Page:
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While the position players warmed up, Zach sat in the dugout, icing his left arm. He was the kid who didn't stretch, who needed only three warmup pitches. Now, however, Zach's shoulder and elbow were rebelling. He'd loaded up on four ibuprofen, swabbed on Icy Hot and taken herbal medicine. His arm still shook involuntarily, but he didn't care. Besides, his friend Tyler Byers was playing on an ankle that was so badly busted that Warrenfeltz had told him to not run out ground balls. Ryan Butts had recently shaken off the lingering effects of a concussion suffered during a home plate collision late in the season. And, somewhere up there, Brendon was watching him. Zach was damned if he was going to give up the ball.
Warrenfeltz saw a look of resolve on Zach's face that he'd never seen before. "How do you feel?" the coach asked.
"Horrible," Zach said, "but I'm not coming out until my five innings are up."
An hour later, when the boys took the field, Zach looked up at the stands and saw only blue and white. There was the Colliflower family and Ryan Butts's father and the regulars, all having driven two hours. But there were so many more: face-painted students wearing blue wigs, a line of girls with W-I-L-D-C-A-T-S on their bellies, a guy in a Nick Adenhart jersey and old men he'd seen only down at Tony's Pizzeria in Williamsport. Then there were the signs: WILDCAT PRIDE and WIN FOR BRENDON #6. Zach had never played in a ballpark like this. He had one thought: Brendon would have loved this.
The first Patuxent batter stepped in, and Warrenfeltz held his breath. He had no idea whether Zach had anything left in the tank. When the first pitch rocketed in, dangerously high but as hard as he'd thrown all season, Warrenfeltz had a different thought: Maybe he's too pumped up. Then, on the next pitch, Zach floated a beautiful curveball. The Patuxent batter swung right through it, as if flailing at smoke. Warrenfeltz exhaled.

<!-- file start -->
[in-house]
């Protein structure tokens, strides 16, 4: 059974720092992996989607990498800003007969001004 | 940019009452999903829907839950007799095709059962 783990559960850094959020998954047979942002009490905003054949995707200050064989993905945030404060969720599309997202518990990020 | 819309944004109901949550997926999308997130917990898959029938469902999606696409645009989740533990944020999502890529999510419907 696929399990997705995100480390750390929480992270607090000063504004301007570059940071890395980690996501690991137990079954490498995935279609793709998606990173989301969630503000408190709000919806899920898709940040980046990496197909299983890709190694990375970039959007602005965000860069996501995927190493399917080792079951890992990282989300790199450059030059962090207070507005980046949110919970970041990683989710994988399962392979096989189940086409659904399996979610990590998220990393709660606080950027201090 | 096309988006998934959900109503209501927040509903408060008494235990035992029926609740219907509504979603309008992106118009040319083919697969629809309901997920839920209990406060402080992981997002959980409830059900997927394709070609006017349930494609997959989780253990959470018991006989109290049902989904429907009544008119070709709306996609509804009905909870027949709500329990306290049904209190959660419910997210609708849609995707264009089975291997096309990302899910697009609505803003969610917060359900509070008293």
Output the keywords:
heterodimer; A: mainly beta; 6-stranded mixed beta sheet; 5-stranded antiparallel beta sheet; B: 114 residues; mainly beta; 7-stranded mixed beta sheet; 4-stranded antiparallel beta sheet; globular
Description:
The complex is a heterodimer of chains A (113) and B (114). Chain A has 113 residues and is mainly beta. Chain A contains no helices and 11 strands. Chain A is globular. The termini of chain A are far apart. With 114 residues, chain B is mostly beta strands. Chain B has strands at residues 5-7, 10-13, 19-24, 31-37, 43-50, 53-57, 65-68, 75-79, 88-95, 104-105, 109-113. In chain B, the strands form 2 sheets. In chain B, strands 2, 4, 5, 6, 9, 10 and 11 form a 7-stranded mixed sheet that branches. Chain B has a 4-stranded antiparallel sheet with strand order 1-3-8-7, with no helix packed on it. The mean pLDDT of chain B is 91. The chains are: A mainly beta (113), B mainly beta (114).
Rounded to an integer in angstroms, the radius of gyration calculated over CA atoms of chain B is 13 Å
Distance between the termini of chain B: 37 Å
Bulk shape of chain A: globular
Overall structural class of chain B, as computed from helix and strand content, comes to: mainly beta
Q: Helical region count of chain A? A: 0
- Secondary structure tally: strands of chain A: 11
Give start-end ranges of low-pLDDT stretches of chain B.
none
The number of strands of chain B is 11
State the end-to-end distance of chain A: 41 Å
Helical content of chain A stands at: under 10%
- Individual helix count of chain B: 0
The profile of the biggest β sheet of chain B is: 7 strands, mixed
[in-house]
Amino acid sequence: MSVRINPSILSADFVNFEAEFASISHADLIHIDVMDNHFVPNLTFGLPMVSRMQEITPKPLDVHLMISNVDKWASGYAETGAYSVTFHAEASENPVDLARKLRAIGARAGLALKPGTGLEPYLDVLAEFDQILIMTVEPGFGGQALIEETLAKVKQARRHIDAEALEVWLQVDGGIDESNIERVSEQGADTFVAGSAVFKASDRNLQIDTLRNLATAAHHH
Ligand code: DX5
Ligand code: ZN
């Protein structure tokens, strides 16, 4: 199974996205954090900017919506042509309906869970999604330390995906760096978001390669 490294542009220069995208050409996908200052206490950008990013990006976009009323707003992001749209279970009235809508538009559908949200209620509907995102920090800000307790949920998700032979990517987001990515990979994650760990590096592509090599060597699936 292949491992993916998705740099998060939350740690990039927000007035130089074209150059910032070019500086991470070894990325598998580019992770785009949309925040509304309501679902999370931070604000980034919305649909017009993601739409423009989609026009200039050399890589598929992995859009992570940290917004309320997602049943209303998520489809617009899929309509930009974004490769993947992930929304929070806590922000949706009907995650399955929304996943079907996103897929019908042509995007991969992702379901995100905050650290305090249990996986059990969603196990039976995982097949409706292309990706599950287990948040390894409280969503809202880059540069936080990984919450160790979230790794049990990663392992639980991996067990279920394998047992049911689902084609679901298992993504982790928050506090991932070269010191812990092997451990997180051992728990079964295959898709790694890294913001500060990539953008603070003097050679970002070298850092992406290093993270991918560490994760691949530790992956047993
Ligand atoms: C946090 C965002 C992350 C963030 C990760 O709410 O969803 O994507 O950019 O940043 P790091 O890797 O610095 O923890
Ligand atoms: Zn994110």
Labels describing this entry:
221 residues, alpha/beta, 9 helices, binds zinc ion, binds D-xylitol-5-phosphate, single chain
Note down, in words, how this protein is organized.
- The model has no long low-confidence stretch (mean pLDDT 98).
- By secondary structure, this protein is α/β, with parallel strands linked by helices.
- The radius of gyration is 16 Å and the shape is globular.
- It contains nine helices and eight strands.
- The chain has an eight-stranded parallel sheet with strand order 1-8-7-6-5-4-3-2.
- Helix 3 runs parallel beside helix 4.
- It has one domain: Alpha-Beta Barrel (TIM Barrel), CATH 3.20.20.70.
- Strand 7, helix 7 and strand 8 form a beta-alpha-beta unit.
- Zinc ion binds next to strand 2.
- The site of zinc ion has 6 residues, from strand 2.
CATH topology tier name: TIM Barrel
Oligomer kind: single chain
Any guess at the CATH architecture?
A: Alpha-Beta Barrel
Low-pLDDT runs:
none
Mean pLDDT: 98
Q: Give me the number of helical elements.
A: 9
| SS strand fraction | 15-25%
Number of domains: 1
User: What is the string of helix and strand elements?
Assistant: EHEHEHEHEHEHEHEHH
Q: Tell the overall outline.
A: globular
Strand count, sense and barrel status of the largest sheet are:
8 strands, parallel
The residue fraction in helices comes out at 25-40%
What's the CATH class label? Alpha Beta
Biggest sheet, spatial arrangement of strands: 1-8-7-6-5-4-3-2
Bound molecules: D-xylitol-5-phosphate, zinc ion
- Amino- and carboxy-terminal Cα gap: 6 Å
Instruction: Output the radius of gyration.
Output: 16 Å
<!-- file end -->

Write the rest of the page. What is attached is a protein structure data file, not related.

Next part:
The game remained scoreless for two innings. Then, in the bottom of the third, Brandon Toloso ripped a sinking shot over the Patuxent first baseman's head for a double. A bunt moved Brandon to third, and then Tyler Nally, a skinny, determined senior whose father played on the Williamsport team that won the title in 1975, cracked one through the left side. One-zip, Wildcats.
Meanwhile Zach was throwing 2 to 3 mph harder than he had all season. "It was," assistant Doug Stottlemyer later said, "like Brendon was living through him." Even so, Zach was running on fumes. The Wildcats needed a cushion.
In the bottom of the fourth Zach appeared to give it to them when he crushed a ball to deep center. In any other Class 2A park it would have been a home run. But in spacious Ripken Field the centerfielder just kept backing up and finally caught the ball in front of the 404 sign. Then, in the fifth, the Wildcats failed to bring home a runner from third for the second time in the game. Two innings later, with Williamsport still holding a 1--0 lead, it came down to this: Three outs and the Wildcats were state champions.
On the mound to close it out stood Tyler Byers, who'd come in for Zach in the sixth. As a power pitcher, he was well suited to closing. As a near cripple, he was not well suited to playing defense. The day before, Lewis had asked Warrenfeltz what he planned to do if teams saw they could bunt on Tyler. Said Warrenfeltz, "Let's hope they don't."
The first Patuxent batter singled, and everyone on the Williamsport bench knew what was coming next: small ball. Lewis again walked over to Warrenfeltz. "You want someone to start warming up in the pen?"